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Does big data deliver? Just ask Ford Motor Company

Posting in Technology

The idea of competing on analytics is a vision that has fascinated business leaders for years, but it's been challenging to determine the actual impact on their bottom lines. Now, there's proof beyond a shadow of doubt that a data-driven culture delivers -- a turnaround story from one of the world's biggest manufacturers.

Ford Motor Company, which scraped through the 2007-2009 recession, has become one of the world's largest and most most profitable automakers. A big piece of this amazing comeback is due to the company's judicious use of data.

In a recent ComputerWorld report, Julia King documents how Ford now lives, breathes, eats and sleeps data. As she describes it:

"Data and analytics permeate every business move that Ford makes, from forecasting the price of commodities to figuring out what consumers want, what the company will build, where it should source parts and how to power its lineup of cars and trucks."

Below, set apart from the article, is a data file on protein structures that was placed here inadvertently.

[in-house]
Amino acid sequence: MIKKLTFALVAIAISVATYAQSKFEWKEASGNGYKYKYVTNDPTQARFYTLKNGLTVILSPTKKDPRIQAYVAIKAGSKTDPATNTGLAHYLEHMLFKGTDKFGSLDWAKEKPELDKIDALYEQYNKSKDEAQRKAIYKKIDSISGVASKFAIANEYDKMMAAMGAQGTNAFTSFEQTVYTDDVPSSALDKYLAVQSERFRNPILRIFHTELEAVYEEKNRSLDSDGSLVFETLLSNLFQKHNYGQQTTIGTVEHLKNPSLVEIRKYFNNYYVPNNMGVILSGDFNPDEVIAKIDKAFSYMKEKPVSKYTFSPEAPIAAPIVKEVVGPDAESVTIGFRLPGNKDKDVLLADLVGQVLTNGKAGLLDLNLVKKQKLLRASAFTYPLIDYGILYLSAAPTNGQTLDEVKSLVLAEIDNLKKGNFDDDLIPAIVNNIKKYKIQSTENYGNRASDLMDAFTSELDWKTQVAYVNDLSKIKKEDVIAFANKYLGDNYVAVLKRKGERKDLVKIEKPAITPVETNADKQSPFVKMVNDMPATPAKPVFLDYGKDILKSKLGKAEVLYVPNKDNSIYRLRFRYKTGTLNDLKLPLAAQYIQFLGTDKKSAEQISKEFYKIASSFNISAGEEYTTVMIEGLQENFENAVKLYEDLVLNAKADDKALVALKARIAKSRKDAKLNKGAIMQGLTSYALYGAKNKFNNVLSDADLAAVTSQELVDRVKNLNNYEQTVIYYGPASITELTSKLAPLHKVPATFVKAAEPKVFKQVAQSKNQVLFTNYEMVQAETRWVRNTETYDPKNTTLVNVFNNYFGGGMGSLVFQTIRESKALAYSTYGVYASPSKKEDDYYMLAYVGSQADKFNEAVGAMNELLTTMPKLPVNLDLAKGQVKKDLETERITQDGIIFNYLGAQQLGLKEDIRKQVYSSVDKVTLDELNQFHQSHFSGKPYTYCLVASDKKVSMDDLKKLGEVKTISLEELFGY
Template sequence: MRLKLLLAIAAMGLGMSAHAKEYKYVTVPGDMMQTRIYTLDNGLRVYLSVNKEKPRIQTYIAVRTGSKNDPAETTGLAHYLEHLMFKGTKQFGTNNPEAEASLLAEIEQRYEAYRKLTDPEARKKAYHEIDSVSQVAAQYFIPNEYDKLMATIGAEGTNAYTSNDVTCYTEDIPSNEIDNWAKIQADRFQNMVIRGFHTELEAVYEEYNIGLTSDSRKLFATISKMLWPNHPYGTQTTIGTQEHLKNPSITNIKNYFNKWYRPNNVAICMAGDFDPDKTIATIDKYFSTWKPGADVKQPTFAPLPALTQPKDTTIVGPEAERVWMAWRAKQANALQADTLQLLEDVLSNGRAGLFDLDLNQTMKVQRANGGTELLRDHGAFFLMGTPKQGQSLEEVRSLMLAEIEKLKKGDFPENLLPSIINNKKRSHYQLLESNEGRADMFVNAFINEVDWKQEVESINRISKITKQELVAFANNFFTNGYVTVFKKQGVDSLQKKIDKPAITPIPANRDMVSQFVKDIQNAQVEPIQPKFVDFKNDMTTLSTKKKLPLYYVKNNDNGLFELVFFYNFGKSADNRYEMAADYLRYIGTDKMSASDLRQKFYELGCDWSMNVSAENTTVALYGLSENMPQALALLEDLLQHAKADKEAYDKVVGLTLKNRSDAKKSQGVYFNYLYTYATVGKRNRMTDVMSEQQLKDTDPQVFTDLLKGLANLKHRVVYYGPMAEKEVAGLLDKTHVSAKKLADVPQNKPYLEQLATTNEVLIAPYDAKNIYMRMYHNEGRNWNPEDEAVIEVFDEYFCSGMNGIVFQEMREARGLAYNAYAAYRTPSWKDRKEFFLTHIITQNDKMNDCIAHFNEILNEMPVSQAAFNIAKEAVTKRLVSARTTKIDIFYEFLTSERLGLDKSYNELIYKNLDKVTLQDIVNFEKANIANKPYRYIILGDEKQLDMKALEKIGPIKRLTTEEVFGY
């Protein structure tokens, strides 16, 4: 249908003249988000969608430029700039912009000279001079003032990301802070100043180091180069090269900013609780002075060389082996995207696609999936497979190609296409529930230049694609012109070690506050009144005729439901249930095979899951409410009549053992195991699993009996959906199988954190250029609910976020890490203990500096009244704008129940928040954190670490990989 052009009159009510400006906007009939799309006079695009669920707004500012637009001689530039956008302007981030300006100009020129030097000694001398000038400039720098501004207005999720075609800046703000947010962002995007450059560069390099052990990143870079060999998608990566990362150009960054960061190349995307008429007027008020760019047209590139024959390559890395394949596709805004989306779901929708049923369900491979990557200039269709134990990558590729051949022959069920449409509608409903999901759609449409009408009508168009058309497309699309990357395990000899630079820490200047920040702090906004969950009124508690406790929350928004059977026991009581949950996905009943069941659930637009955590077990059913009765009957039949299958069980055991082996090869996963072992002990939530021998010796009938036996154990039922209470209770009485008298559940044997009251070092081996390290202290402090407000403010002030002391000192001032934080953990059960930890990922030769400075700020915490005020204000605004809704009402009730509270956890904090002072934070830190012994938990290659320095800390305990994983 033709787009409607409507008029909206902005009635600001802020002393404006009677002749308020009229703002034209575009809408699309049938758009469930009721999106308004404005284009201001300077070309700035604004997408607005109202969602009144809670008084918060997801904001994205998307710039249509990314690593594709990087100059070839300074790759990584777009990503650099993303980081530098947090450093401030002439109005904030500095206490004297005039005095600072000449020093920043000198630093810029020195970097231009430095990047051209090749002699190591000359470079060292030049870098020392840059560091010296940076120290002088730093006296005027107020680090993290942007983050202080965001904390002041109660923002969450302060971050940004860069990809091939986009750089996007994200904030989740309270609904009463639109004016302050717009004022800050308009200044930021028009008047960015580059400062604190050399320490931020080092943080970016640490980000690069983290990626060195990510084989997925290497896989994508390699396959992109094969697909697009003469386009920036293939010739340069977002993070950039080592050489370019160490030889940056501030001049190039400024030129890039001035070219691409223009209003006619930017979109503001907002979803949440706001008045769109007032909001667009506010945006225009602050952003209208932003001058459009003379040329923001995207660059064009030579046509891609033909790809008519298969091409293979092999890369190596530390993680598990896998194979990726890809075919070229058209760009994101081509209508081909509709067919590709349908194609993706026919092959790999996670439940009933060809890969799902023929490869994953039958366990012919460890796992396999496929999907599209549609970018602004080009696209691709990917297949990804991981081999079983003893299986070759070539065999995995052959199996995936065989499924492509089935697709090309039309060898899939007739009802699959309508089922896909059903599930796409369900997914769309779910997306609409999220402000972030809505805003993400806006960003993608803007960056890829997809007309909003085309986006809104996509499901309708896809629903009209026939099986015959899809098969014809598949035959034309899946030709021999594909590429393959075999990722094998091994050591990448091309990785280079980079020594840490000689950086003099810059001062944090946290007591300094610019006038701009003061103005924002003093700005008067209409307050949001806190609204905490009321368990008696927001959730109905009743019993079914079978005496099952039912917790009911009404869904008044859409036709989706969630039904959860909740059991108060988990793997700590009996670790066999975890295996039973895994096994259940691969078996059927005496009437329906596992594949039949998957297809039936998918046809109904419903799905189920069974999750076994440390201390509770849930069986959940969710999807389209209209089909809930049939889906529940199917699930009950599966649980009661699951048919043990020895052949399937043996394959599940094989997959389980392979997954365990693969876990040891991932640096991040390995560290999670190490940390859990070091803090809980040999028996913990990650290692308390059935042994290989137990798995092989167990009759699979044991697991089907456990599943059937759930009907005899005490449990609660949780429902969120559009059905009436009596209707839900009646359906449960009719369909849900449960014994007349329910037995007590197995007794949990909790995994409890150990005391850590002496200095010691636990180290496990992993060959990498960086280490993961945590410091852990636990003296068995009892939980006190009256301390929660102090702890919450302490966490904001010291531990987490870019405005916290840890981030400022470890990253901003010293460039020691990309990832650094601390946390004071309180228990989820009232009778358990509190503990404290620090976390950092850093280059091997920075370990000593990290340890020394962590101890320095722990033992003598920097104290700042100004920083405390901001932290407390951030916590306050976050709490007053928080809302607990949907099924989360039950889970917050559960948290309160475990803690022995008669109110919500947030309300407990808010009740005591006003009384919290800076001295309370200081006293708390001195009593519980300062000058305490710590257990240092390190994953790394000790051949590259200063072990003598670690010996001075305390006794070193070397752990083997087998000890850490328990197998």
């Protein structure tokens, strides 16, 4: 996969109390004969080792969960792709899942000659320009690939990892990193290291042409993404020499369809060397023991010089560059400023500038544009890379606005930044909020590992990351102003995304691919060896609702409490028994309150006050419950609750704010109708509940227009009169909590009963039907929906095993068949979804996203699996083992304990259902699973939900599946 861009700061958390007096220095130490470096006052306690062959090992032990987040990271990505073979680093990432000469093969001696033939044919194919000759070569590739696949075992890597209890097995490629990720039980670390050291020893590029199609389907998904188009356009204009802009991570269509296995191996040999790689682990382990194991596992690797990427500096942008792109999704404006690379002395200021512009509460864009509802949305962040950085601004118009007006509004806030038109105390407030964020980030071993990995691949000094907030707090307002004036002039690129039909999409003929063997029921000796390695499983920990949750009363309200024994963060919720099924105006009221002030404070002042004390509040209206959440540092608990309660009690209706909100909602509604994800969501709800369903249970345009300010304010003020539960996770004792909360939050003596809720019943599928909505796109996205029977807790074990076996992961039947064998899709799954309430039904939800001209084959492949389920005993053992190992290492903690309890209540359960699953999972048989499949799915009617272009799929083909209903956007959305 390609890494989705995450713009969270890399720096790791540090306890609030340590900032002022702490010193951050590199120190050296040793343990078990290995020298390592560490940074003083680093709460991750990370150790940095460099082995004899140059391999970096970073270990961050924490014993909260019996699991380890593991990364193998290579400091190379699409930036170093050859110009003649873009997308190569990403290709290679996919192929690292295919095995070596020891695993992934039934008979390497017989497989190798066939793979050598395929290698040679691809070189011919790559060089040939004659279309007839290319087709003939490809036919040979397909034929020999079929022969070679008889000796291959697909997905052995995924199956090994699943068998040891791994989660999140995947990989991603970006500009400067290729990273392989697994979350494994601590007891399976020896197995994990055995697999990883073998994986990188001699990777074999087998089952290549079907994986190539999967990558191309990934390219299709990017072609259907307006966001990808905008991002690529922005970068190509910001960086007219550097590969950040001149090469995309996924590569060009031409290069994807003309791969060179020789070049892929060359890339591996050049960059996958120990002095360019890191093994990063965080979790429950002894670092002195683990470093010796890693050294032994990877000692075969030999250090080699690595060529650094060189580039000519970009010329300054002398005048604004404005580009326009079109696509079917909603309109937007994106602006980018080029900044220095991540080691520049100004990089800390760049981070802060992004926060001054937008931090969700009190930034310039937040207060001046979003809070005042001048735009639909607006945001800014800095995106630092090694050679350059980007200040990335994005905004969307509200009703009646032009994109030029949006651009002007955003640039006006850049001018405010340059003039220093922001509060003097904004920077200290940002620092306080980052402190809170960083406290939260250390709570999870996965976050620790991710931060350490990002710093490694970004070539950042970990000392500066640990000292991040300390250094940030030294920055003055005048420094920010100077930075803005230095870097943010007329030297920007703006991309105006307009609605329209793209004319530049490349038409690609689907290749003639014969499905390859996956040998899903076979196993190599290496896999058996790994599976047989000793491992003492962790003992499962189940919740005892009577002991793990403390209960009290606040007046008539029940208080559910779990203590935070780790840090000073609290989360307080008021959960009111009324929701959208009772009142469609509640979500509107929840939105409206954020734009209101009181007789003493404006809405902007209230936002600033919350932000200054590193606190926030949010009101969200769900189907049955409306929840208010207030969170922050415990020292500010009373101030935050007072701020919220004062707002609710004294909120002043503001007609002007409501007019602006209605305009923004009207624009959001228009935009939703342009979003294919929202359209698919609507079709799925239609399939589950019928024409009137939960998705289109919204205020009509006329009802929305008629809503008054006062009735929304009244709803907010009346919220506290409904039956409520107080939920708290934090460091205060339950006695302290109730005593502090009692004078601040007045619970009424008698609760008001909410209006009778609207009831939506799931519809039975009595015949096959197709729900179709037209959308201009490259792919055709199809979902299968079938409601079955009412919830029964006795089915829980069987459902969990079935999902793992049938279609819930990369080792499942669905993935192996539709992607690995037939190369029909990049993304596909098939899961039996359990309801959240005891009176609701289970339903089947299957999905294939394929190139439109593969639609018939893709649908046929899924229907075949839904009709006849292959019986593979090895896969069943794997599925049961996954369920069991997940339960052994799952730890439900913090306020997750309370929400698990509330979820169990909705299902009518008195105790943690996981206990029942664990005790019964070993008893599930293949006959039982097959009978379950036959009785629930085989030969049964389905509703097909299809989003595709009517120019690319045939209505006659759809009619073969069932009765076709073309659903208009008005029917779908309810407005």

Sometimes, management's back needs to be against the wall before it opens up to new ideas and approaches. Ford's team of 200 data scientists and analysts have had the ear of upper management since 2007, when the entire auto industry began its descent into the depths of despair. In the most recent quarter, Ford's revenues were up 12%, following a 15% boost in the previous quarter and 10% in the quarter before that. 

At the core of Ford's success over the past five years is the company's "Smart Inventory Management System," which bases analytics on multiple data streams, including cars sold, customer search preferences, and broad economic data such as employment and housing starts. Everything is measured to stay on top of market trends and preferences.

Areas of discovery for Ford from its data include ascertaining what customers want, managing vehicle complexity and delivering the right cars to dealerships, King writes. Data even comes in from an opt-in program among hybrid vehicle owners, which provides details on how the cars are used -- useful information in planning future models and features.

— By on December 8, 2013, 8:56 PM PST

Joe McKendrick

Contributing Editor

Joe McKendrick is an independent analyst who tracks the impact of information technology on management and markets. He is a co-author of the SOA Manifesto and has written for Forbes, ZDNet and Database Trends & Applications. He holds a degree from Temple University. He is based in Pennsylvania. Follow him on Twitter. Disclosure